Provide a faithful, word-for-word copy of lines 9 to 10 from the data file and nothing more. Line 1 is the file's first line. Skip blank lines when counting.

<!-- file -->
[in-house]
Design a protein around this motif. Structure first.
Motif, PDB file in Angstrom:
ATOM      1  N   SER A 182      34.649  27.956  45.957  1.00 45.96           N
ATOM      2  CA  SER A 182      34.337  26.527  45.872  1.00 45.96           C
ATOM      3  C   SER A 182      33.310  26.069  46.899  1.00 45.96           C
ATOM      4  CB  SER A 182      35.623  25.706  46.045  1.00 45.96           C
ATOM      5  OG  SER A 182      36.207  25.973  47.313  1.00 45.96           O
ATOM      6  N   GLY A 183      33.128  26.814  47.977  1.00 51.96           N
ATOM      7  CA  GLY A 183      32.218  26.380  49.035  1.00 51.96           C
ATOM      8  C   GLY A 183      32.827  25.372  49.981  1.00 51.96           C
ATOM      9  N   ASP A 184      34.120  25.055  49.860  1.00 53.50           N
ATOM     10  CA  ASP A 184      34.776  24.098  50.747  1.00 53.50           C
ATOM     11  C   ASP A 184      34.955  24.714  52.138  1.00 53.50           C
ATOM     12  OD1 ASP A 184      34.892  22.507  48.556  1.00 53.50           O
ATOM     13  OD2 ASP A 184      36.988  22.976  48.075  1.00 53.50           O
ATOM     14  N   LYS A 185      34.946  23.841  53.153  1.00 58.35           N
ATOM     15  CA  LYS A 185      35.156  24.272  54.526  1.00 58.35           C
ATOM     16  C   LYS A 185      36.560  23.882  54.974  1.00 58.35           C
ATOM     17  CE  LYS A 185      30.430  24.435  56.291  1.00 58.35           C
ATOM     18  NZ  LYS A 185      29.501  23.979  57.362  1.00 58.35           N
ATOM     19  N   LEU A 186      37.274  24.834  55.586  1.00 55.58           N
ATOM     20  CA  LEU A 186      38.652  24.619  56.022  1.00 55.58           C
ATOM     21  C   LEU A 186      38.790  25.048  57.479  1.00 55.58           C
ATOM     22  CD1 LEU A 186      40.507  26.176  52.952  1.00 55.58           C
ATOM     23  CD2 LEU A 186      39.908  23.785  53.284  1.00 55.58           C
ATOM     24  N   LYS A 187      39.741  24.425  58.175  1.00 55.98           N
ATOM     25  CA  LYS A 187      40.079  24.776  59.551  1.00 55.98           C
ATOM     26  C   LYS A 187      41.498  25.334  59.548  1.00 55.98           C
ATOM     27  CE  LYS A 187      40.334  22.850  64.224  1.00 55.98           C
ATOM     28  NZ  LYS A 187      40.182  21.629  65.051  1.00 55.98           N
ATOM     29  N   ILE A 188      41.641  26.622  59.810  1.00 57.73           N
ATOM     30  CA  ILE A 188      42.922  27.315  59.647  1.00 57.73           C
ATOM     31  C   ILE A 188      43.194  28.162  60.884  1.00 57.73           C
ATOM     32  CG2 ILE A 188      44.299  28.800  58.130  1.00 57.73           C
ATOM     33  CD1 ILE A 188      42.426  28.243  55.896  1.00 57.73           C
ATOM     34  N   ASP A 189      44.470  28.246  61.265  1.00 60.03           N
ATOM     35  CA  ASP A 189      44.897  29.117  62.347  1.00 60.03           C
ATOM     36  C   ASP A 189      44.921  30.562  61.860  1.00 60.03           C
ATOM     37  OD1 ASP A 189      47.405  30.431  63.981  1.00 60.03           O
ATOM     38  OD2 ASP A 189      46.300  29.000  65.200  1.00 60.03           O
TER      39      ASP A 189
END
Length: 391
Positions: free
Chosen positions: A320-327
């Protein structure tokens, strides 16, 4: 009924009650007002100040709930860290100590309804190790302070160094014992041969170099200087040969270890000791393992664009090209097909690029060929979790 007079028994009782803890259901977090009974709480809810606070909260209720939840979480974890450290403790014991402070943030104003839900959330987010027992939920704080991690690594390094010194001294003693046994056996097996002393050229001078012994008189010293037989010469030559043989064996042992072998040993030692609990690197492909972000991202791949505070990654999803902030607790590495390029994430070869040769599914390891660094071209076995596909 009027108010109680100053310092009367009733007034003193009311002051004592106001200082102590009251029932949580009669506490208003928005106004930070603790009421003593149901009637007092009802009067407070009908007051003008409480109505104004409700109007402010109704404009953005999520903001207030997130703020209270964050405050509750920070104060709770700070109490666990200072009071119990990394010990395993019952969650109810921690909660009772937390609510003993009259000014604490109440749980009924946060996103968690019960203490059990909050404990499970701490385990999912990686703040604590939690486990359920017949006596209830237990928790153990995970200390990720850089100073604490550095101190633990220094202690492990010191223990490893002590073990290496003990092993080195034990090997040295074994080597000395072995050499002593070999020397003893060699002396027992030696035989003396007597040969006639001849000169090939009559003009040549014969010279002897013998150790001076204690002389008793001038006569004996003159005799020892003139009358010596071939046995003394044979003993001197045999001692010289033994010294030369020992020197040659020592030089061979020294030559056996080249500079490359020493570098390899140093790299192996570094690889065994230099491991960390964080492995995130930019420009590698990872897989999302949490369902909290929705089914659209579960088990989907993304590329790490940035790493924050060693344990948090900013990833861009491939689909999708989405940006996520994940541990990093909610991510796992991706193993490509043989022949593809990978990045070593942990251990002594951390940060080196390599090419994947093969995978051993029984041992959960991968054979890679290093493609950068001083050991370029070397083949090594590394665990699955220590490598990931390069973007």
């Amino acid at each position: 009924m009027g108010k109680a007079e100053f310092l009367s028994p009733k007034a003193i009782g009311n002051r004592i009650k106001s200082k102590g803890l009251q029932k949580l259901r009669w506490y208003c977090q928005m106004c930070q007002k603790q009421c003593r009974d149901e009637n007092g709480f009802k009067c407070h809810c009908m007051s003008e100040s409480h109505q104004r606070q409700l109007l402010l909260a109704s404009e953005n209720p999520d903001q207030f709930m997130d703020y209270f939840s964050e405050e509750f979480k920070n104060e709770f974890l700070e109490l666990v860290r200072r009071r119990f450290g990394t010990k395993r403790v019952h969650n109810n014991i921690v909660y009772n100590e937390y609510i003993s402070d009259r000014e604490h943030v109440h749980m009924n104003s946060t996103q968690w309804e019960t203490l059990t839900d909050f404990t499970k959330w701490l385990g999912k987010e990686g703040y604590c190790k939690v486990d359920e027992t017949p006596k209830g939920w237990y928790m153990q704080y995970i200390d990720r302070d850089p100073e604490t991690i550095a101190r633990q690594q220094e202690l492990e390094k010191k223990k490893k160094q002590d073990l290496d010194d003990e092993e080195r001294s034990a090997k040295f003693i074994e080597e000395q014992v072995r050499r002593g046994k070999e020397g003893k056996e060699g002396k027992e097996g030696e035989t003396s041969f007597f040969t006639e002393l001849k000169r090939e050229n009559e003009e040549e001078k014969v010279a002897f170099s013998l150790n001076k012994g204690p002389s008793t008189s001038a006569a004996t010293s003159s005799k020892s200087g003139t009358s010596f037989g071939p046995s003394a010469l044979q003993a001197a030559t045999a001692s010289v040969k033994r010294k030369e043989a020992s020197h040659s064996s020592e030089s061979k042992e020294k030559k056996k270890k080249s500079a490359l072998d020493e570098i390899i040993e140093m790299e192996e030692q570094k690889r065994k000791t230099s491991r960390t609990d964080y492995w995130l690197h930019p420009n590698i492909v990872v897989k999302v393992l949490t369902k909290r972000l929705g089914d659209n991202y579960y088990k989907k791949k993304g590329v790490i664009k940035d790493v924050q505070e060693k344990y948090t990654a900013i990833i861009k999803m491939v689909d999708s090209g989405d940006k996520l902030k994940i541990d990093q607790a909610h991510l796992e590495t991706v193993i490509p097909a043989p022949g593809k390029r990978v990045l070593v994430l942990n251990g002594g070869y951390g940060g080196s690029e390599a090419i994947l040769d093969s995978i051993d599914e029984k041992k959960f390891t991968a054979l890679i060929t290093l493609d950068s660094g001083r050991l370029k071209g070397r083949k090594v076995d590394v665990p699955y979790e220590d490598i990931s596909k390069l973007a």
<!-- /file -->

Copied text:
ATOM      6  N   GLY A 183      33.128  26.814  47.977  1.00 51.96           N
ATOM      7  CA  GLY A 183      32.218  26.380  49.035  1.00 51.96           C